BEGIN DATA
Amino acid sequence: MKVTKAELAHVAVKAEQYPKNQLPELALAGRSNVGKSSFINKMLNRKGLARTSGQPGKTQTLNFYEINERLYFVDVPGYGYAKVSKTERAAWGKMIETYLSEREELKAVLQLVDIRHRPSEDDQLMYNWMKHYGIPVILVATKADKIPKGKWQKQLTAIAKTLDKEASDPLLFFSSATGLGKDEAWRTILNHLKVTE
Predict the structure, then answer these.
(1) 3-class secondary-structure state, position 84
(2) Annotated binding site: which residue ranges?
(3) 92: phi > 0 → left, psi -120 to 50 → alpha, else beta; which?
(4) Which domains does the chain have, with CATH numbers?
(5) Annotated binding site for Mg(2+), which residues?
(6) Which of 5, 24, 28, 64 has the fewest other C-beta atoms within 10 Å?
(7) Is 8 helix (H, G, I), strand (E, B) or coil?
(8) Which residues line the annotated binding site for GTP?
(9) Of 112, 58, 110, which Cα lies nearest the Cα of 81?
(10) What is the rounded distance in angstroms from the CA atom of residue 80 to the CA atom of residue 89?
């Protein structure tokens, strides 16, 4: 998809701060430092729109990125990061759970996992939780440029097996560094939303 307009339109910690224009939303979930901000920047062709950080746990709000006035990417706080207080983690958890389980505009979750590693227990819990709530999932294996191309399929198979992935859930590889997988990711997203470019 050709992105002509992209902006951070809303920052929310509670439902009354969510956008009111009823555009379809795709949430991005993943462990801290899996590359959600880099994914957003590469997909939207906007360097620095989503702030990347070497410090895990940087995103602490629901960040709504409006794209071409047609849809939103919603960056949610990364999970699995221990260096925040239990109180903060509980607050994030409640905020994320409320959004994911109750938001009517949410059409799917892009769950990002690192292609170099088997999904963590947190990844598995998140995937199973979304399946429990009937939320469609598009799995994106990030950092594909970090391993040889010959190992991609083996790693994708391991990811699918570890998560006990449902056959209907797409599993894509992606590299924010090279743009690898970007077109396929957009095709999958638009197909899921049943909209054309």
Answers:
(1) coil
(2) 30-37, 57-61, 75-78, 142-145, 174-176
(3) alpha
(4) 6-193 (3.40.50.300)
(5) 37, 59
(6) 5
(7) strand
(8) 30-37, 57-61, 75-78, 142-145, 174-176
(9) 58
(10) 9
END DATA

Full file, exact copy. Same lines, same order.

Amino acid sequence: MKVTKAELAHVAVKAEQYPKNQLPELALAGRSNVGKSSFINKMLNRKGLARTSGQPGKTQTLNFYEINERLYFVDVPGYGYAKVSKTERAAWGKMIETYLSEREELKAVLQLVDIRHRPSEDDQLMYNWMKHYGIPVILVATKADKIPKGKWQKQLTAIAKTLDKEASDPLLFFSSATGLGKDEAWRTILNHLKVTE
Predict the structure, then answer these.
(1) 3-class secondary-structure state, position 84
(2) Annotated binding site: which residue ranges?
(3) 92: phi > 0 → left, psi -120 to 50 → alpha, else beta; which?
(4) Which domains does the chain have, with CATH numbers?
(5) Annotated binding site for Mg(2+), which residues?
(6) Which of 5, 24, 28, 64 has the fewest other C-beta atoms within 10 Å?
(7) Is 8 helix (H, G, I), strand (E, B) or coil?
(8) Which residues line the annotated binding site for GTP?
(9) Of 112, 58, 110, which Cα lies nearest the Cα of 81?
(10) What is the rounded distance in angstroms from the CA atom of residue 80 to the CA atom of residue 89?
């Protein structure tokens, strides 16, 4: 998809701060430092729109990125990061759970996992939780440029097996560094939303 307009339109910690224009939303979930901000920047062709950080746990709000006035990417706080207080983690958890389980505009979750590693227990819990709530999932294996191309399929198979992935859930590889997988990711997203470019 050709992105002509992209902006951070809303920052929310509670439902009354969510956008009111009823555009379809795709949430991005993943462990801290899996590359959600880099994914957003590469997909939207906007360097620095989503702030990347070497410090895990940087995103602490629901960040709504409006794209071409047609849809939103919603960056949610990364999970699995221990260096925040239990109180903060509980607050994030409640905020994320409320959004994911109750938001009517949410059409799917892009769950990002690192292609170099088997999904963590947190990844598995998140995937199973979304399946429990009937939320469609598009799995994106990030950092594909970090391993040889010959190992991609083996790693994708391991990811699918570890998560006990449902056959209907797409599993894509992606590299924010090279743009690898970007077109396929957009095709999958638009197909899921049943909209054309």
Answers:
(1) coil
(2) 30-37, 57-61, 75-78, 142-145, 174-176
(3) alpha
(4) 6-193 (3.40.50.300)
(5) 37, 59
(6) 5
(7) strand
(8) 30-37, 57-61, 75-78, 142-145, 174-176
(9) 58
(10) 9